Sales, Marketing, & Entrepreneurship

Today’s Drivers to Entrepreneurship

May 2004 Corporate

Entrepreneurship is an economic activity. The levels of entrepreneurship are correlated with economic factors. A growing economy, as measured by GDP growth, is correlated with increased entrepreneurial activity. Likewise, rising unemployment drives increases in entrepreneurship out of necessity. Firms established out of opportunity versus necessity are equally likely to succeed, but take on very different complexions. These facts have been established in the Global Entrepreneurship Monitor and were discussed in a prior Wiglaf Journal article.

How has entrepreneurship performed recently? While a national report is underway at Wiglaf, preliminary results for the State of Illinois can be released.

In the five years from 1999 to 2003, the Gross State Product of Illinois has been virtually flat in constant dollar terms while unemployment has increased by 52%. Based upon prior research, this would imply that many new businesses would have been initiated out of necessity. Figures from the IL Secretary of State support this conjecture, with a 44% increase in new corporations and LLCs. See the infographic to follow.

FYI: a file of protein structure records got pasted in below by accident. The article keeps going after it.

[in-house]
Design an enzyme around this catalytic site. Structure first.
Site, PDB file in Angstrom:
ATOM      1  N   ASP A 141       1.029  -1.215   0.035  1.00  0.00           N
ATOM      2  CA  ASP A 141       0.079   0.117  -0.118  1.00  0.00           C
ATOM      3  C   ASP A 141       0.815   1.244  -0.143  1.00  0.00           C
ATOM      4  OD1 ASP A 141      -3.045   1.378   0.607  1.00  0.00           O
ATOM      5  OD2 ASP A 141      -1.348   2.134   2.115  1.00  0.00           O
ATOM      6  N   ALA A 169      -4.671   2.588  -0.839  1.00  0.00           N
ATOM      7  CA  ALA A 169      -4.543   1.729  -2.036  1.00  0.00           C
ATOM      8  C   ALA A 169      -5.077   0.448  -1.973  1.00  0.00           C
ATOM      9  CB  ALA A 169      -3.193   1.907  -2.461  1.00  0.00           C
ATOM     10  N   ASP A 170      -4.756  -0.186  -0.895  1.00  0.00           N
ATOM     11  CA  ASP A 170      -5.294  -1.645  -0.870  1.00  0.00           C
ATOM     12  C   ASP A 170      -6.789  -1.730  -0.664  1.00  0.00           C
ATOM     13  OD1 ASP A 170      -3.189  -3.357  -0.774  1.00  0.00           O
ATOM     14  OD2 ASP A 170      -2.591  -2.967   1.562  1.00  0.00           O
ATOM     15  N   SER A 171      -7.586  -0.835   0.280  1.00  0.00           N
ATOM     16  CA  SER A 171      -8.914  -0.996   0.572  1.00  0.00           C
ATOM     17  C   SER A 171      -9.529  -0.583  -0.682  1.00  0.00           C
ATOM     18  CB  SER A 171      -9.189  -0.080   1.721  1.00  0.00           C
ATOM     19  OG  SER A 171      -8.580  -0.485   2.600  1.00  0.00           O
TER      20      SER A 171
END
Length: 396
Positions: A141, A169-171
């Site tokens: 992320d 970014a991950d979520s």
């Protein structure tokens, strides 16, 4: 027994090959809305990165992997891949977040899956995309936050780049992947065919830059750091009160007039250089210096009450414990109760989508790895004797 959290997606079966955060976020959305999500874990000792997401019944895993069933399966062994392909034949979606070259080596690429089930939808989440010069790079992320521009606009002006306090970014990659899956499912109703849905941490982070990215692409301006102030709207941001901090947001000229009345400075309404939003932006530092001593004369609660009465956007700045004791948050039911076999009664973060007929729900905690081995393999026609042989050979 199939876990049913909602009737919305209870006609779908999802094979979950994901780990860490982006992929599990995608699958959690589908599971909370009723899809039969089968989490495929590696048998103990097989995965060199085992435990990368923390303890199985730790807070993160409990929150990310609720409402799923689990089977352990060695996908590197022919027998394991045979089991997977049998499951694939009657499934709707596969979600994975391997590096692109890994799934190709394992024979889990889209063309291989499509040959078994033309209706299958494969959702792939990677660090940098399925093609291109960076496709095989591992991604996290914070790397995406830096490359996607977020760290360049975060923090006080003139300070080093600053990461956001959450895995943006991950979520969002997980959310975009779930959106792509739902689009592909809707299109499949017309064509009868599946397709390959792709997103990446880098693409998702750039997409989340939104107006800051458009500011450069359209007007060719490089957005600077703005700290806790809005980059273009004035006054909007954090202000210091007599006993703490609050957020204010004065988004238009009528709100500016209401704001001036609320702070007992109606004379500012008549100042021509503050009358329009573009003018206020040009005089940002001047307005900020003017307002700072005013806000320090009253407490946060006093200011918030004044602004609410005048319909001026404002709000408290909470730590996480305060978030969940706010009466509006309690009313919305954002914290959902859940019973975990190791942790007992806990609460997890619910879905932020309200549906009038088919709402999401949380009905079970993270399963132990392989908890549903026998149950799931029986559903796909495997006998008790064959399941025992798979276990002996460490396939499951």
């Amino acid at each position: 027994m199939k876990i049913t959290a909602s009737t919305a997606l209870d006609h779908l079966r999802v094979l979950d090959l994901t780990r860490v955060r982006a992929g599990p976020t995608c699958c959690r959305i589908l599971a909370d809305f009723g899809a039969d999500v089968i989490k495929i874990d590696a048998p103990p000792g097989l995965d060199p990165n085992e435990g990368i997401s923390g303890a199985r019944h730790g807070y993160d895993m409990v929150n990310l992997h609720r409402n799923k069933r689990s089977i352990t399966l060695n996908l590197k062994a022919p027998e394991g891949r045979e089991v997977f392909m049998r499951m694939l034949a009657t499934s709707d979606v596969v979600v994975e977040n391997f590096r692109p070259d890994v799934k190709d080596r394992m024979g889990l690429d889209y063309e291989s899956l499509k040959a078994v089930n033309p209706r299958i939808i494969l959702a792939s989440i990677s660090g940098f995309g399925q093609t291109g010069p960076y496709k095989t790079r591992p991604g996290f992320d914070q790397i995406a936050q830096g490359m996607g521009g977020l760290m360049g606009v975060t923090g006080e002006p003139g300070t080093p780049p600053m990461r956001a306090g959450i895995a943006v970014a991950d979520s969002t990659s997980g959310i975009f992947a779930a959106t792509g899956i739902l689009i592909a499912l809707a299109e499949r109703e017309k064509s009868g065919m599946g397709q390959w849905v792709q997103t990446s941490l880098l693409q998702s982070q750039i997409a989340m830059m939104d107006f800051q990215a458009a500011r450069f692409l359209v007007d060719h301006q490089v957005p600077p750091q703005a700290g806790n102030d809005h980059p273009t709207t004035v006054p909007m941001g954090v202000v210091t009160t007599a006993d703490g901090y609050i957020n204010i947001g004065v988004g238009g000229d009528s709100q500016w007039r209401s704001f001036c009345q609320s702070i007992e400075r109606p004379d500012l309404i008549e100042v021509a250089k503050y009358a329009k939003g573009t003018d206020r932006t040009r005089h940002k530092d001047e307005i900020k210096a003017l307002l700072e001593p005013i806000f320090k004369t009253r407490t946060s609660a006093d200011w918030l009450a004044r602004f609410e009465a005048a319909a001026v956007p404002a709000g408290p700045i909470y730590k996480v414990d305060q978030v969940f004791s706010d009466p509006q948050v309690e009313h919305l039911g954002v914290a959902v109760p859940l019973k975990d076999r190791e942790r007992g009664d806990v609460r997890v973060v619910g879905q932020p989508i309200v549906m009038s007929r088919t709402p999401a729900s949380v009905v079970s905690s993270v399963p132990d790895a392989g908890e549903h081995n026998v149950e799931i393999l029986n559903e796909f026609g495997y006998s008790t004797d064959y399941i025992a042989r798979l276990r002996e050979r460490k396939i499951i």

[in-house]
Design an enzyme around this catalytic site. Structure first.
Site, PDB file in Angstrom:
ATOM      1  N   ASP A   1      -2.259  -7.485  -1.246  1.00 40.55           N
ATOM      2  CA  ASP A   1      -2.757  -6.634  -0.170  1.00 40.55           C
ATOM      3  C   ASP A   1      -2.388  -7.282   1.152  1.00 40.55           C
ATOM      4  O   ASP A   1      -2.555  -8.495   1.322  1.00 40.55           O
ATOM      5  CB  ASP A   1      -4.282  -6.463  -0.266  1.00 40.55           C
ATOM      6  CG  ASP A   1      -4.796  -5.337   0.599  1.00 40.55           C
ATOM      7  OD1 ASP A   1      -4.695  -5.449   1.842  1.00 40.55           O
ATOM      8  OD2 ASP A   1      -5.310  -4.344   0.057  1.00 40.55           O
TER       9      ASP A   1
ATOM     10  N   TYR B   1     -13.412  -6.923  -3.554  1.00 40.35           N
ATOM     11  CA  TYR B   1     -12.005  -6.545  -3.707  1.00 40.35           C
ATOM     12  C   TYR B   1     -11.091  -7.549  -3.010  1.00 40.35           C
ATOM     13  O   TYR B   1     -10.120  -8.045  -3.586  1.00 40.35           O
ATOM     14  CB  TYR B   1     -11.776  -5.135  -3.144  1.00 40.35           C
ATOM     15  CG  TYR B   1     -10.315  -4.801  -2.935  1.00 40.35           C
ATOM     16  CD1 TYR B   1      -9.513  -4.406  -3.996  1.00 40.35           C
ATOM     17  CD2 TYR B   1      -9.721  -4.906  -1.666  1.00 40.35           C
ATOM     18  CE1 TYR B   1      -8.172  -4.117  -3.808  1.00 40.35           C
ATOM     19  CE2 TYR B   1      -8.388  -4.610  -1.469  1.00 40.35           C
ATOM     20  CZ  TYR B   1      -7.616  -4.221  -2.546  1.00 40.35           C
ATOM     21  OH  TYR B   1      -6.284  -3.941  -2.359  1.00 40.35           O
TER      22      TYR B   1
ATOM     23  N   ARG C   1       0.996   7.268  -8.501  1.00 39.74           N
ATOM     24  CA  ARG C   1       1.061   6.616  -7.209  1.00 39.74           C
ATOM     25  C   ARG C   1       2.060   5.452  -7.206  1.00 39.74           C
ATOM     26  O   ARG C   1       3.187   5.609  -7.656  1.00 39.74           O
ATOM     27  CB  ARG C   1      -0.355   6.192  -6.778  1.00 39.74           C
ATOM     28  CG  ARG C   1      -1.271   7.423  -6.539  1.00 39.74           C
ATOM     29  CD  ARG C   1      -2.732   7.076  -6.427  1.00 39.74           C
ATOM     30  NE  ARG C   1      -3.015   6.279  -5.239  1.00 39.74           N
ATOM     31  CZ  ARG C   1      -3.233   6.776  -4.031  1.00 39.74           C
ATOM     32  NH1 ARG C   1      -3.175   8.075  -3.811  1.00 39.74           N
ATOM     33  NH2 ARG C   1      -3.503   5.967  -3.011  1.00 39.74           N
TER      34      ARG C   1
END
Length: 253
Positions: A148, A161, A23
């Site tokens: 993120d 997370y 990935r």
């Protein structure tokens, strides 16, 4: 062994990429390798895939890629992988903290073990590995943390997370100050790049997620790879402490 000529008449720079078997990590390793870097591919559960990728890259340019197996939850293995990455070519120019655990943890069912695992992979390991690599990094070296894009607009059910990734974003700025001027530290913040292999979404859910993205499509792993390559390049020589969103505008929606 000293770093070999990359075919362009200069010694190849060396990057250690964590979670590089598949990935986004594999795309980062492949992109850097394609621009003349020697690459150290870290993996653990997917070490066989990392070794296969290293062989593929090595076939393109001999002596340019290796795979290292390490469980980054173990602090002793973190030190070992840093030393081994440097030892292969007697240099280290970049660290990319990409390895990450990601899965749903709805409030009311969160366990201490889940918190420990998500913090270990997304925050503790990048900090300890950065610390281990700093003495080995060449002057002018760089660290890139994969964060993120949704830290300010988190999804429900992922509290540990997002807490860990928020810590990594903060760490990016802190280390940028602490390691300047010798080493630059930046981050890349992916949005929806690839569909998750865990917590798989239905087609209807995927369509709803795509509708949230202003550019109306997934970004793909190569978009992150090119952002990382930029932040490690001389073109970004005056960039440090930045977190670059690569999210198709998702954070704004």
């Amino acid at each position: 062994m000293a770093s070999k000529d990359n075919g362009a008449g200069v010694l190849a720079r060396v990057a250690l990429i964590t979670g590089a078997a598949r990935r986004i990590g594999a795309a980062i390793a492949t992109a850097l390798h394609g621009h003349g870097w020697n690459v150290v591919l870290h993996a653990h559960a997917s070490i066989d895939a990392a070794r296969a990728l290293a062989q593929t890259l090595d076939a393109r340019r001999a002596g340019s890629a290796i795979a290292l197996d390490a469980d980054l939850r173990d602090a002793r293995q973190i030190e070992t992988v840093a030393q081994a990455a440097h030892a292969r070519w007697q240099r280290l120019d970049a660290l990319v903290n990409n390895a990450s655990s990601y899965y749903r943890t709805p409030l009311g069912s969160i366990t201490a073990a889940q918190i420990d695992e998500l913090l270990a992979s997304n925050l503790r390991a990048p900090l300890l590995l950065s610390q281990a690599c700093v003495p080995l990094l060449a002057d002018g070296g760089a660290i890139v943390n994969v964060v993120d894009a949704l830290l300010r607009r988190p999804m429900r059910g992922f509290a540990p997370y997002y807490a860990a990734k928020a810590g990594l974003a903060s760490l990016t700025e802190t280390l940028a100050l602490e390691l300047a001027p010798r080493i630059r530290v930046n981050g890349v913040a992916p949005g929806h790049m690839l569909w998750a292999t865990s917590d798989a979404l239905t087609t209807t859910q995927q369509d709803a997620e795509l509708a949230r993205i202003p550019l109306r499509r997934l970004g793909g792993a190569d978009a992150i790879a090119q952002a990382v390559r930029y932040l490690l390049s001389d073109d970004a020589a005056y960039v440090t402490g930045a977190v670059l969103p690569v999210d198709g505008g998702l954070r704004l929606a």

From the graph, we see that the establishment of new corporations follows the rise in unemployment. Overall, necessity is driving entrepreneurship in Illinois, and can be expected to be the same force behind entrepreneurship across the US today.

Necessity driven entrepreneurship takes on a very different character than the type of entrepreneurship that led up to the internet bubble. Necessity driven entrepreneurs are more likely to seek to establish a source of income rather than establish a source of large scale employment. They are more likely to establish a business that requires little investment rather than establish an asset intensive operation. And they are more likely to bootstrap their operations over securing venture capital.

The drivers to entrepreneurship today may be bad news for the venture capital community, but it reflects well on the resourcefulness and character of the millions of Americans that lost their jobs since 2001.

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Refernences

1. P. Reynolds, W. Bygrave, E. Autio, L. Cox, and M. Hay, Global Entrepreneurship Monitor 2002 Executive Report, Ewing Marion Kauffman Foundation, (2002).
2. A. Zacharakis, P. Reynolds, W. Bygrave, Global Entrepreneurship Monitor National Assessment: United States of America 1999 Executive Report, Babson College (1999).
3. Tim Smith, PhD, “Drivers to Entrepreneurship.” Wiglaf Journal (14 May 2003)
4. US Department of Employment, IL Department of Commerce and Economic Opportunity, and the IL Secretary of State.



About the author

Tim J. Smith, PhD is the Managing Principal of Wiglaf Pricing, and an Adjunct Professor at DePaul University of Marketing and Economics. His most recent book is Pricing Strategy: Setting Price Levels, Managing Price Discounts, & Establishing Price Structures.

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